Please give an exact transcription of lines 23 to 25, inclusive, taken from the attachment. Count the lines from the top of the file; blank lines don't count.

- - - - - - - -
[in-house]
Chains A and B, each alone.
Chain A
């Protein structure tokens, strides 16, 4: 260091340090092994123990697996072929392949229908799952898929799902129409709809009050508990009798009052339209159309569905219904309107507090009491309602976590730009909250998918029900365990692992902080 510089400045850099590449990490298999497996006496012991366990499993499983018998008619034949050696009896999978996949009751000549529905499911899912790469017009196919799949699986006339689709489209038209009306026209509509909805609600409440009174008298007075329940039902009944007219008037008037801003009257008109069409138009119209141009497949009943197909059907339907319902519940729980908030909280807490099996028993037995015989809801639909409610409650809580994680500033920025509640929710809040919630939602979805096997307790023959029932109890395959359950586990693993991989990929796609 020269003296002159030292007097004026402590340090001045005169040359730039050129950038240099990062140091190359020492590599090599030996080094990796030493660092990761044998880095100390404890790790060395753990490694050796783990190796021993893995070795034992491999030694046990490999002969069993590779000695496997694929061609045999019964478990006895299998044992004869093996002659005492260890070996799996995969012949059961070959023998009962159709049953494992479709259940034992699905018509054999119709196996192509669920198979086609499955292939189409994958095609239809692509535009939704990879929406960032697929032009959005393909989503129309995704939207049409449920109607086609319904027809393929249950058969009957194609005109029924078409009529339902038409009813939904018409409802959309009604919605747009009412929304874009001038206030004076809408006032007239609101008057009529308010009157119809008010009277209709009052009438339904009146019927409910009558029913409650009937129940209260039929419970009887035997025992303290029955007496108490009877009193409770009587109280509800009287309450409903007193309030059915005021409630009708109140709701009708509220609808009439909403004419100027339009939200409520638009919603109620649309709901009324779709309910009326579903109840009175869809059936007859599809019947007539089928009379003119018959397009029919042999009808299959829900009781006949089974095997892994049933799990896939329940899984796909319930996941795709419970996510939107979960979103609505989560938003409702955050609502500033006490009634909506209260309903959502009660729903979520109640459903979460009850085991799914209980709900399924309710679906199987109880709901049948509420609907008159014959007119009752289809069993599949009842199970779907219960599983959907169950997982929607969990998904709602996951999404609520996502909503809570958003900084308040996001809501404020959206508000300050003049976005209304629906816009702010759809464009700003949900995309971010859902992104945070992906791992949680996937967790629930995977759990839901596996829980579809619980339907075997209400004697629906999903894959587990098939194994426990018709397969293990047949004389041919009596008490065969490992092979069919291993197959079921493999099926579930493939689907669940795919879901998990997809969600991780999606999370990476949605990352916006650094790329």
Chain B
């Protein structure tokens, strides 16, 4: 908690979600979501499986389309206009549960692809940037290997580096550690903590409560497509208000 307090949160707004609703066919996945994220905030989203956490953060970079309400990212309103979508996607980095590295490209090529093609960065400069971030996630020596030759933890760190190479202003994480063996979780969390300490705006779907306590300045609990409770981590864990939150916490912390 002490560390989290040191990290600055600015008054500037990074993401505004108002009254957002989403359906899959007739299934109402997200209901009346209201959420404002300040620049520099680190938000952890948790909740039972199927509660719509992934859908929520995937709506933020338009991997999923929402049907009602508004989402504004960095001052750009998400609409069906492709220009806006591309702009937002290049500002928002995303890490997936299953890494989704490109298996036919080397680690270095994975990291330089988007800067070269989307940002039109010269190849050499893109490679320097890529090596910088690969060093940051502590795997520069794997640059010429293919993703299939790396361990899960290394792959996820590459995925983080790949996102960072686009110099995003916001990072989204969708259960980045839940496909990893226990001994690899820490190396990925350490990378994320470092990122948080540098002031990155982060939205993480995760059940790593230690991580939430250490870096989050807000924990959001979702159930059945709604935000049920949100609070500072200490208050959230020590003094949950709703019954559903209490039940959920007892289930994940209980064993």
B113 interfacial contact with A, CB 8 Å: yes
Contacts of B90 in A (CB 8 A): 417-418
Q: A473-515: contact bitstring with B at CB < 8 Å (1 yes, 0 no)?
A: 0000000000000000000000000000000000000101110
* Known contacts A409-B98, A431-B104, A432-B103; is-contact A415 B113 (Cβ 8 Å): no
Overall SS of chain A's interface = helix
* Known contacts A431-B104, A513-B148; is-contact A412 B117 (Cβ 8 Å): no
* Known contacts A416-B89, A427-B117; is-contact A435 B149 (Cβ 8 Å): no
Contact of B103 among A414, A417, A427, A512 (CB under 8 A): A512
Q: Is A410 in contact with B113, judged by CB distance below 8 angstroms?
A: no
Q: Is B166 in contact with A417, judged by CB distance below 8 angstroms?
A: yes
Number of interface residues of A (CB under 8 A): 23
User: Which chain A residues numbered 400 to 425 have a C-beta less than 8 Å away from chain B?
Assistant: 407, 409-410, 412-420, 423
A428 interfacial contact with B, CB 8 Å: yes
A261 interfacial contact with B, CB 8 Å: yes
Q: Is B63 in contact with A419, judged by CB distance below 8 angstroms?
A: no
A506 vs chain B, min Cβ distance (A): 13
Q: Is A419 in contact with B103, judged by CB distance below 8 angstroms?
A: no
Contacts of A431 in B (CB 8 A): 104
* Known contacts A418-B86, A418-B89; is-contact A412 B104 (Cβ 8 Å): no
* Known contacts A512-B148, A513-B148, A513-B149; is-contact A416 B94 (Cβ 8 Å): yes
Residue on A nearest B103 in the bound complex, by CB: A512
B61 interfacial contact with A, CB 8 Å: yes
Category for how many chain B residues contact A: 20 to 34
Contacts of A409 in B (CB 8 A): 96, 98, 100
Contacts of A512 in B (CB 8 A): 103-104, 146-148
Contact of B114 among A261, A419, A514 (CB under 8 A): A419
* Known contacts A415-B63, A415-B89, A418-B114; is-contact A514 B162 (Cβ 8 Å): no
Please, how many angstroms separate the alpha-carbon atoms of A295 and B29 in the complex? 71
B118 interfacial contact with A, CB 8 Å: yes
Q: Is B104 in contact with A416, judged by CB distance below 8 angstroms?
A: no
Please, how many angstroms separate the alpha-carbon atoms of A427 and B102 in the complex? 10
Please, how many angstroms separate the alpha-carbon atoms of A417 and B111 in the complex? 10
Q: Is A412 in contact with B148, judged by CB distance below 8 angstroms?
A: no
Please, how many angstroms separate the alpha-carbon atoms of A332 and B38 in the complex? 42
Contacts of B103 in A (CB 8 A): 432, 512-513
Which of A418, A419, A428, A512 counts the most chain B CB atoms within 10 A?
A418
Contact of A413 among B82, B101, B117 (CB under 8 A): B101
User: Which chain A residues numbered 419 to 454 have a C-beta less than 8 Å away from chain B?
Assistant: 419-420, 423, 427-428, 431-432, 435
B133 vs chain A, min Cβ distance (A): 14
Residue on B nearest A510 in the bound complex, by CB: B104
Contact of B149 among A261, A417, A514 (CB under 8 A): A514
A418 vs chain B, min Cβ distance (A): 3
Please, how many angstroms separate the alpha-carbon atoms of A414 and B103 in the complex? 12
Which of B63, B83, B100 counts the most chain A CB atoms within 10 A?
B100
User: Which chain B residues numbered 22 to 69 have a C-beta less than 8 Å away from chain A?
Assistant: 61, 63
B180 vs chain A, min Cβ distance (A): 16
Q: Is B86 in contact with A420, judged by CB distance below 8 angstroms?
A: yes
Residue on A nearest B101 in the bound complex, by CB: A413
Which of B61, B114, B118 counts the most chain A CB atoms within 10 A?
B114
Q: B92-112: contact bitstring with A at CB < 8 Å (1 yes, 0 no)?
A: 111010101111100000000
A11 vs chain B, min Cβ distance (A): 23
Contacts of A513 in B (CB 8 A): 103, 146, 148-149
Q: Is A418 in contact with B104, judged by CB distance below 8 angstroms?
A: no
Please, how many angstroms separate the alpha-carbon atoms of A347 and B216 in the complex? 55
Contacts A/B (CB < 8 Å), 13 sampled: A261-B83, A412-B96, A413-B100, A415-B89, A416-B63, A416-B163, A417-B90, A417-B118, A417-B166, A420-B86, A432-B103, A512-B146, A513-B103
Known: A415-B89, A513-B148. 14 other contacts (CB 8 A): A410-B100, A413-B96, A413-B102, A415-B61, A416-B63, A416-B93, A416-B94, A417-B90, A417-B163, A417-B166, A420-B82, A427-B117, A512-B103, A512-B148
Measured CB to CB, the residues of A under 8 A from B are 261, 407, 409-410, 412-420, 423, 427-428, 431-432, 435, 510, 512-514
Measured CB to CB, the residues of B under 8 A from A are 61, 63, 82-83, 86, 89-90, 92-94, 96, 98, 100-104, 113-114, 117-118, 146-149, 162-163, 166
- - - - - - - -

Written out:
A428 interfacial contact with B, CB 8 Å: yes
A261 interfacial contact with B, CB 8 Å: yes
Q: Is B63 in contact with A419, judged by CB distance below 8 angstroms?